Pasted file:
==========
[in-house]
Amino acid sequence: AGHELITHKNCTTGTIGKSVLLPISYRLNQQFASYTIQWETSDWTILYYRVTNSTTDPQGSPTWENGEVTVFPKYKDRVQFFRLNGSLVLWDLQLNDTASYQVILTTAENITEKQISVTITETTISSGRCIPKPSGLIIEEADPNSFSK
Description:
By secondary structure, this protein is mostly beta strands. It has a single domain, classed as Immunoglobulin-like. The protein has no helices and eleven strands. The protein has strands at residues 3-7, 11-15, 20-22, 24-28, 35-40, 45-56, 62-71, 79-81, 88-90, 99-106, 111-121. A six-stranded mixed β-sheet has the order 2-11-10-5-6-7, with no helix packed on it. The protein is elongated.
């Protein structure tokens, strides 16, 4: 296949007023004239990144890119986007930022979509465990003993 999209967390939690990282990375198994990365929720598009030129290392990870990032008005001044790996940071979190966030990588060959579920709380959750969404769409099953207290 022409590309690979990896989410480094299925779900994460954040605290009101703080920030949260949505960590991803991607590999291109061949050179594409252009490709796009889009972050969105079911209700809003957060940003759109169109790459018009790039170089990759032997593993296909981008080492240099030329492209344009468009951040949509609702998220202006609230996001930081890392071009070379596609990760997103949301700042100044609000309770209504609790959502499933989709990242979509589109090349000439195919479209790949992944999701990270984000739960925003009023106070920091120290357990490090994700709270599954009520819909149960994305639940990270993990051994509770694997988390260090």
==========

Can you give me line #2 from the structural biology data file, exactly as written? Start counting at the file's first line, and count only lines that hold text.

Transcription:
Amino acid sequence: AGHELITHKNCTTGTIGKSVLLPISYRLNQQFASYTIQWETSDWTILYYRVTNSTTDPQGSPTWENGEVTVFPKYKDRVQFFRLNGSLVLWDLQLNDTASYQVILTTAENITEKQISVTITETTISSGRCIPKPSGLIIEEADPNSFSK